Each of the rhetorical strategies discussed above draws to some degree on a discourse of tolerance and appeals to socially desirable ideals, such as freedom of choice and non-discrimination, that potentially allow for greater sexual diversity and freedom. Though the talk that we analysed outwardly espouses tolerance, and sometimes even overtly condemns heterosexism, it simultaneously upholds particular heteronormative values and assumptions. We have shown how the ideals of privacy and "decent" behaviour were mobilised to justify discrimination in particular circumstances that were discursively rendered as exceptional and "reasonable". They included instances in which homosexual people overtly display their sexuality through their appearance or certain behaviours that were deemed to be a violation of particular norms and a potential threat to particular individuals (especially children) and to society at large. This allowed for the positioning of homosexual people as either "good homosexuals" or "dangerous queers" (Burridge, 2004). Good homosexuals "behave themselves" by minimising the visibility of their non-normative behaviour or appearance, essentially remaining out of sight, and are thus deemed tolerable. Dangerous queers, on the other hand, were those who were described as wilfully and unreasonably violating norms of privacy or decency.

Differentiating between homosexualities also allowed speakers to avoid positioning trouble. They were able to position themselves as not against all homosexuals, and thus having their views heard as simply rooted in prejudice. Rather, their disapproval was cast as focused on certain exceptions and focused on specific unacceptable behaviours. By constructing these behaviours as unnecessary and wilful deviation from the norm, participants could position themselves as reasonable and rational people. Any negative views expressed about homosexuality - including justifications of discriminatory behaviour, and even violence, toward homosexual persons - could be attributed to objective or rational reasons, such as concerns over potential negative consequences of homosexuality (Burridge, 2004). Thus, speakers were inoculated against prejudice. This inoculation performs a dual function: It lends rhetorical force to their arguments and also assists in avoiding occupying a spoiled social identity, namely that of homophobe (Korobov, 2004).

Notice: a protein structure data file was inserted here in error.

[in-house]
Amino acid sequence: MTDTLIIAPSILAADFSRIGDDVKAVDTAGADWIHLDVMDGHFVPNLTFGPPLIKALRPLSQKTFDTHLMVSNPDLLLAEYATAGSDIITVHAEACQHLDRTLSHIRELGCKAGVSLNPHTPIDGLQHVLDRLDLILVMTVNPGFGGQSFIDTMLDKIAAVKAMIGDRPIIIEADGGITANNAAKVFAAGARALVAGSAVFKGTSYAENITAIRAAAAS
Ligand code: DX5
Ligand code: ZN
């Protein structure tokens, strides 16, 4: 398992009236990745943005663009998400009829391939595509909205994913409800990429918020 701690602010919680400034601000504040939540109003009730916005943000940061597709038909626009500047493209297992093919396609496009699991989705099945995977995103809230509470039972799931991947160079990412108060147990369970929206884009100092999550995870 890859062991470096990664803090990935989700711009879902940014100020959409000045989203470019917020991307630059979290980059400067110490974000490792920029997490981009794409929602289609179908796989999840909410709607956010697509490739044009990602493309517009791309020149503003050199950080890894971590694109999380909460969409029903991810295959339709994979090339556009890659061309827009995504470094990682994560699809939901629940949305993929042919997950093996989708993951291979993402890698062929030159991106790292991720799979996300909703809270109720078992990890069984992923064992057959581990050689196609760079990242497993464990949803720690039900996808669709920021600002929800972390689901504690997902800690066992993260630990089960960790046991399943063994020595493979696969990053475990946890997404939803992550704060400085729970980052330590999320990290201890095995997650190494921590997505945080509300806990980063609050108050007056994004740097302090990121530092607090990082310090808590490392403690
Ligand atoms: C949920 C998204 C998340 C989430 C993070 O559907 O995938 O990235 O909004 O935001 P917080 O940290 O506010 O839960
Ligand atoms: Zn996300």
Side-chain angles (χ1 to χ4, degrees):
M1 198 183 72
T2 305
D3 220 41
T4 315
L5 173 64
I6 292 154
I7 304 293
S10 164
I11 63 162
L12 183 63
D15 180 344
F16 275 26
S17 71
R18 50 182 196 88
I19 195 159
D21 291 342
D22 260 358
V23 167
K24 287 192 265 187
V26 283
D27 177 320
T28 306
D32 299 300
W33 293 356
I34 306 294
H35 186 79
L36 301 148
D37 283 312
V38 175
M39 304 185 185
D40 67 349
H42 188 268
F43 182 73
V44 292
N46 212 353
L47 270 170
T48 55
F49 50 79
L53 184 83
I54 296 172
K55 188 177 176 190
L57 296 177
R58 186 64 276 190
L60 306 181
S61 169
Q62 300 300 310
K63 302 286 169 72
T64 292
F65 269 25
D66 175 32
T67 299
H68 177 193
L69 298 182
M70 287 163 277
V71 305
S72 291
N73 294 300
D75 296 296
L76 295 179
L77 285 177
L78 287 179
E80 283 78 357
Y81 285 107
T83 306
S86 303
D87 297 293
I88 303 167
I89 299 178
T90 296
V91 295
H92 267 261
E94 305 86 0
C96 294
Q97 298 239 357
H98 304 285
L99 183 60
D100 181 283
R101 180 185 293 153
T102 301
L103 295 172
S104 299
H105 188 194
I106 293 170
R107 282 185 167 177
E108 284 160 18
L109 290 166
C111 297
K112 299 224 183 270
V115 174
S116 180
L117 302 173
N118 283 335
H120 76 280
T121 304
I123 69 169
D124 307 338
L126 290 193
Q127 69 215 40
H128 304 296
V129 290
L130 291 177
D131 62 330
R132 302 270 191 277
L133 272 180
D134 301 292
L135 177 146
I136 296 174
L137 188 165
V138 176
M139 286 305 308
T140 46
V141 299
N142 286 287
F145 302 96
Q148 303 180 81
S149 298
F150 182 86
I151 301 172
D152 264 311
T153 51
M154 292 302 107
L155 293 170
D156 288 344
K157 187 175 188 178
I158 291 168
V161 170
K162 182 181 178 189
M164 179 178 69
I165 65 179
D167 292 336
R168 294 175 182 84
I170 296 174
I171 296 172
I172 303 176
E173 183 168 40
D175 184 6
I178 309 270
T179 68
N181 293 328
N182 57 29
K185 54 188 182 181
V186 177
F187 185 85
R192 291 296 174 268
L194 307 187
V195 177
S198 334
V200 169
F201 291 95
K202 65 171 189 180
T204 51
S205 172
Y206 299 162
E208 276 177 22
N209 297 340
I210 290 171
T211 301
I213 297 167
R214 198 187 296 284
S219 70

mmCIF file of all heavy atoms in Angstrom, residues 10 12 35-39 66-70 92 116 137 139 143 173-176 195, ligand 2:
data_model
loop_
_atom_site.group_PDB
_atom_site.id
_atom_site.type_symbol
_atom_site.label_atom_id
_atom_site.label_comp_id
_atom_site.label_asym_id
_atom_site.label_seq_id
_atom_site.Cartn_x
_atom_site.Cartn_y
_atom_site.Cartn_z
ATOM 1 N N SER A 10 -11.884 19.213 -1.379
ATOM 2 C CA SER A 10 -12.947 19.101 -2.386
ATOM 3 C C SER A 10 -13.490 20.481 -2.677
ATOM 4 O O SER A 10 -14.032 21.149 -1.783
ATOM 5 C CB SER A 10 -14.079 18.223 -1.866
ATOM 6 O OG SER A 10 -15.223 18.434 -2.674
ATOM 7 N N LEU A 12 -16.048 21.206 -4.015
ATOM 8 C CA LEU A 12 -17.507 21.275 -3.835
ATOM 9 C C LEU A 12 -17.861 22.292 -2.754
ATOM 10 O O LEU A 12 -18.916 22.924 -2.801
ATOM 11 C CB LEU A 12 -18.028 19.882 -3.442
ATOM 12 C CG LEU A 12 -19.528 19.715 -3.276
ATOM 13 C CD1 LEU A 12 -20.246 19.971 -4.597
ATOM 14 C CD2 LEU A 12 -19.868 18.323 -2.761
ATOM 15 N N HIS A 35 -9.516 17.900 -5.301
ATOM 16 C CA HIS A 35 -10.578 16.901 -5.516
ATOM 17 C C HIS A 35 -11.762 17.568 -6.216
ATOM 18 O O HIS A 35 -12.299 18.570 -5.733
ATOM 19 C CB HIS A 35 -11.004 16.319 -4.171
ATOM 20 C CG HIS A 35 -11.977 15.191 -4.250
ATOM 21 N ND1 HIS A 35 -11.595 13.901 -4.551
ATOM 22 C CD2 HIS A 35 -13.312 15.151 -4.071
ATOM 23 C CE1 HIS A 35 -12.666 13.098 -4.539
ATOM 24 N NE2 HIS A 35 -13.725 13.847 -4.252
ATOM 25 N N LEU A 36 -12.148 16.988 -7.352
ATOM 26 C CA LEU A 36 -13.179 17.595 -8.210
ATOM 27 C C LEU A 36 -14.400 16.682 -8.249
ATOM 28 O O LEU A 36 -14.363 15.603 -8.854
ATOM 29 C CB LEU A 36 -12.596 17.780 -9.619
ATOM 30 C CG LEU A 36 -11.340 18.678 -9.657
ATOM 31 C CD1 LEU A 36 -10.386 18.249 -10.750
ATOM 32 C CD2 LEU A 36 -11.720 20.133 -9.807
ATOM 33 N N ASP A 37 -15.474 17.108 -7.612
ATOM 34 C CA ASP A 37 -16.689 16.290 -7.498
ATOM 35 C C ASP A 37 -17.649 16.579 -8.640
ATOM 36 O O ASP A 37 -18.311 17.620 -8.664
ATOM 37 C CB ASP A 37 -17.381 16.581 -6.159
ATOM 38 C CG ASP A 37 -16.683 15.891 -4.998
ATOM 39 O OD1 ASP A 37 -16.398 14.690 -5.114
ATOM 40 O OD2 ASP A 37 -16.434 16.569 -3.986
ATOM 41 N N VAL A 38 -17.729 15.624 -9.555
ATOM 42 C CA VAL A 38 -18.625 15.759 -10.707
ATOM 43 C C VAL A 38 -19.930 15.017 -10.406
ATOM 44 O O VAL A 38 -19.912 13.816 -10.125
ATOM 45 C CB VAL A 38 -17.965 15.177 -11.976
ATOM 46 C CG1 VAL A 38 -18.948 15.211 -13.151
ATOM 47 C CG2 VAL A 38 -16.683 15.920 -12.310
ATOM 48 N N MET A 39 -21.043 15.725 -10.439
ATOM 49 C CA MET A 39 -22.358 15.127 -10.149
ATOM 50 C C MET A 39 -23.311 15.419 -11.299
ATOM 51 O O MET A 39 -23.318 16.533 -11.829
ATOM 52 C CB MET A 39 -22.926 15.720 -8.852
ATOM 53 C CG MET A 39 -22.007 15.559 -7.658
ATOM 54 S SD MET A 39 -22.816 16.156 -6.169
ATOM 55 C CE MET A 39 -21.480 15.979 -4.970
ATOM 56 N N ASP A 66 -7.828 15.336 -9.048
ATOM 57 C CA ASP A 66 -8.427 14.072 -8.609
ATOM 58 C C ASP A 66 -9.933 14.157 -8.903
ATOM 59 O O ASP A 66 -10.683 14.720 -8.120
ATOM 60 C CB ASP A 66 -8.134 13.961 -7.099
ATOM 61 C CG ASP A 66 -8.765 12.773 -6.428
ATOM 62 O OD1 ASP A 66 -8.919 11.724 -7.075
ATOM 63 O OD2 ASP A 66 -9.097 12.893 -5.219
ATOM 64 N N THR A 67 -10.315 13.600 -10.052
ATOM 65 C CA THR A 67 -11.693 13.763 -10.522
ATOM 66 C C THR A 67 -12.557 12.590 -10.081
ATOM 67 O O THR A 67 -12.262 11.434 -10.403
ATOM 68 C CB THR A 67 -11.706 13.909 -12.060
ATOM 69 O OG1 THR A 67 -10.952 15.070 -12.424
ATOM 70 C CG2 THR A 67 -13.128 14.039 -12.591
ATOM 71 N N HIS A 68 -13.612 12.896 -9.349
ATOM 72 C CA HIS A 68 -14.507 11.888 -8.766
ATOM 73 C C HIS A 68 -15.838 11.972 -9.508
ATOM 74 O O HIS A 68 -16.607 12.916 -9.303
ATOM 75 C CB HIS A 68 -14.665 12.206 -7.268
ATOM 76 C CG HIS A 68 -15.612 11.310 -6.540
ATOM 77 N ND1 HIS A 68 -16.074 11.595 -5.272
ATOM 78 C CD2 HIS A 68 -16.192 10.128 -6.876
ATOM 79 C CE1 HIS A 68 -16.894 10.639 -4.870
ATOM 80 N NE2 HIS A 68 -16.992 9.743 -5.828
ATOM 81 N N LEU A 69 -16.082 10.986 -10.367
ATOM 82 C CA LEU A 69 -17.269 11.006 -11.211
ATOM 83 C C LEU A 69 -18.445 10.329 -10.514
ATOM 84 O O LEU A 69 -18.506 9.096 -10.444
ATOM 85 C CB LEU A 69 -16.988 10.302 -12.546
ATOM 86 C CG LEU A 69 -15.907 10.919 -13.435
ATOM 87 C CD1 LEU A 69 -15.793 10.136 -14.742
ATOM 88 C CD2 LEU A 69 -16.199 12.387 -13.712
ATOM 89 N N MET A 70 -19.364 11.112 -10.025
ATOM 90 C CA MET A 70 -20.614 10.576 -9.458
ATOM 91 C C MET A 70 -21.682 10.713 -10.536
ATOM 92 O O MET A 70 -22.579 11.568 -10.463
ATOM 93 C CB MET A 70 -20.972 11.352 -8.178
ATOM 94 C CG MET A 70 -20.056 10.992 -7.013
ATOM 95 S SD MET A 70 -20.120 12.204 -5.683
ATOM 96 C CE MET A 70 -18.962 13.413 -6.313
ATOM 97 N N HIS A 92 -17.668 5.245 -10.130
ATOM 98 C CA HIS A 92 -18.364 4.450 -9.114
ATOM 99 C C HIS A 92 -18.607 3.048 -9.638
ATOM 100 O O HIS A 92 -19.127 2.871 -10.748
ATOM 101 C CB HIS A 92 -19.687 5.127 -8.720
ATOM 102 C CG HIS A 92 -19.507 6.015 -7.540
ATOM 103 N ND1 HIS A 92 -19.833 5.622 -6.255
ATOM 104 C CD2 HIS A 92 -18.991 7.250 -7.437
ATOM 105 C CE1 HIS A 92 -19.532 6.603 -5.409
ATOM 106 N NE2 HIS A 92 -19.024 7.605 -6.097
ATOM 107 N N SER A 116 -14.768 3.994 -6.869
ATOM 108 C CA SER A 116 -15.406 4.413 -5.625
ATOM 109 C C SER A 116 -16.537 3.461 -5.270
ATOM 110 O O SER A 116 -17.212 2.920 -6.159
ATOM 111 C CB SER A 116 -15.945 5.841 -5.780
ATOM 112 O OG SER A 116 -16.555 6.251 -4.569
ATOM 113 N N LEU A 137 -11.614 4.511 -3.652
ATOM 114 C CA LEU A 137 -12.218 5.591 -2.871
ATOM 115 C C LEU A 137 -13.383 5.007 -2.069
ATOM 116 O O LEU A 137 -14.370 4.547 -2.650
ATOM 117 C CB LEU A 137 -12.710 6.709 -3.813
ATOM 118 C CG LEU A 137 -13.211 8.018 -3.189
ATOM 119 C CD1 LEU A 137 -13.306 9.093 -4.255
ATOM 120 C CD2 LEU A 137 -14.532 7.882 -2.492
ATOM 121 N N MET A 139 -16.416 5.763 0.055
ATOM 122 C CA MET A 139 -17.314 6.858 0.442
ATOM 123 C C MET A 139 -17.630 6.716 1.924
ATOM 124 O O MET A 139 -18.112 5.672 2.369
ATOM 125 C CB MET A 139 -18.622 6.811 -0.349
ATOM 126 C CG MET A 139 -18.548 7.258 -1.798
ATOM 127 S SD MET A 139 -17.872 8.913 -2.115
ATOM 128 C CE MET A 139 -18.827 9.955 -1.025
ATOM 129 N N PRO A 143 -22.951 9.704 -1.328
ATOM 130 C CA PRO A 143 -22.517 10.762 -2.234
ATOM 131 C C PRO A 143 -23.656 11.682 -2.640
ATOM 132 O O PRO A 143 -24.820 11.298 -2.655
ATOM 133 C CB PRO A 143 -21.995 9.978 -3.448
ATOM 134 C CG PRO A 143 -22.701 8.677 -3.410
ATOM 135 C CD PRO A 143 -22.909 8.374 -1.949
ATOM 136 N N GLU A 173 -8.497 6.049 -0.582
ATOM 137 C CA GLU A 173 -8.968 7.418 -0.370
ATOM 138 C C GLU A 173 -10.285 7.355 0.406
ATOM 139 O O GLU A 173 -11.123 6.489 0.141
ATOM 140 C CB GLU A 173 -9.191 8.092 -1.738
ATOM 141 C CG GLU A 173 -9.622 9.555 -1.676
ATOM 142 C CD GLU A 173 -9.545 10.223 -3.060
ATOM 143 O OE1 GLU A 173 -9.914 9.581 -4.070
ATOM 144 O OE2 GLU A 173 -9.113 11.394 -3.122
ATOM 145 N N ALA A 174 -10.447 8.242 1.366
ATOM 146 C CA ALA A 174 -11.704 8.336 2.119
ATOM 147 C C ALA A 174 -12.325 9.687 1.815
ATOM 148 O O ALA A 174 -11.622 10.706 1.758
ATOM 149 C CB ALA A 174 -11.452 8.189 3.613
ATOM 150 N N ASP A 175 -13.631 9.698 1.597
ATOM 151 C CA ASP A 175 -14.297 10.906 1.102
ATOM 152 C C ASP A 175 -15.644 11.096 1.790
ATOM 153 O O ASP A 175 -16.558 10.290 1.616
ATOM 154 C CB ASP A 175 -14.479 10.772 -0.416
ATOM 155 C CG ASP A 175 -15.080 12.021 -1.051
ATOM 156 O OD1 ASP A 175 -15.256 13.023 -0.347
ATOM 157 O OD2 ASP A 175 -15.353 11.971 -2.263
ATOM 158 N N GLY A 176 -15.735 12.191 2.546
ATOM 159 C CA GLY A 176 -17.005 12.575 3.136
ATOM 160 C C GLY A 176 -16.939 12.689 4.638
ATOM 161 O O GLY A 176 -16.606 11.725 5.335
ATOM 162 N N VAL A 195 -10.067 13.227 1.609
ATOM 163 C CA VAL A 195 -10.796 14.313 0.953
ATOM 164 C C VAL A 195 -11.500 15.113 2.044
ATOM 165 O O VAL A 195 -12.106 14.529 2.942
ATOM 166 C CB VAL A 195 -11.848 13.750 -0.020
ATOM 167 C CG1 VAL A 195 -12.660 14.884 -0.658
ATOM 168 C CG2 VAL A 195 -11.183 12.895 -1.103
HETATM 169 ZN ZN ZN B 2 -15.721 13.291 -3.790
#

Our findings echo those of Sigamoney and Epprecht (2011: 103) who state that "the apparently harsh and dogmatic hostility to homosexuality that people often expressed is also often belied by an element of qualified acceptance, provided that same-sex attracted people use discretion in their public behavior and acknowledge cultural norms of gender, kin, and African identity". The researchers argue that instances of "qualified acceptance" may provide entry points for change. This may well be, but it is important to note Burridge's (2004: 331) point that tolerance is often merely a veneer that overlays disapproval "and is not politically innocent".

Unlike talk that explicitly condemns or vilifies homosexuality (which was also present in the data), the talk that we have analysed in this paper works to reinforce heteronormativity in more or less subtle ways, in some instances making heterosexism difficult to detect or challenge. We therefore argue that this talk performs the work of heterosexual recuperation. At the broader discursive level, therefore, the talk works to maintain the boundaries of heterosexuality (Michael, 2013). This is evident in the taken-for-granted manner in which "heterosexuality is both naturalized as universal and privileged as the norm, as a particular form of practice and identity, over other 'non-normative' sexualities" (Richardson & Munro, 2012: 17). It was clear in our data that non-heterosexuality was assumed to be a deficit (Clarke, 2005). For example, concerns about the effects of exposing children are based on the assumption that children will inevitably turn out to be heterosexual and that this is the best and most appropriate developmental outcome. In contrast, "alternatives" to heterosexuality are viewed as deviance that is to be suppressed (Richardson & Munro, 2012). Hence, when participants spoke about their aversion to or difficulty witnessing intimacy between same-gendered partners (for example, kissing or hand-holding) the onus was placed on queer people to be responsive to straight people's sensibilities, rather than on heterosexual people to learn to accept sexual diversity. Similarly, the construction of anger or offence as reasonable or understandable responses toward (possible) sexual advances from persons of the same gender suggests that it is offensive to be presumed to be homosexual. This talk therefore upholds the norm of compulsory heterosexuality so that heterosexual practices remain a significant condition for institutional belonging and citizenship (Brickell, 2001; Richardson & Munro, 2012).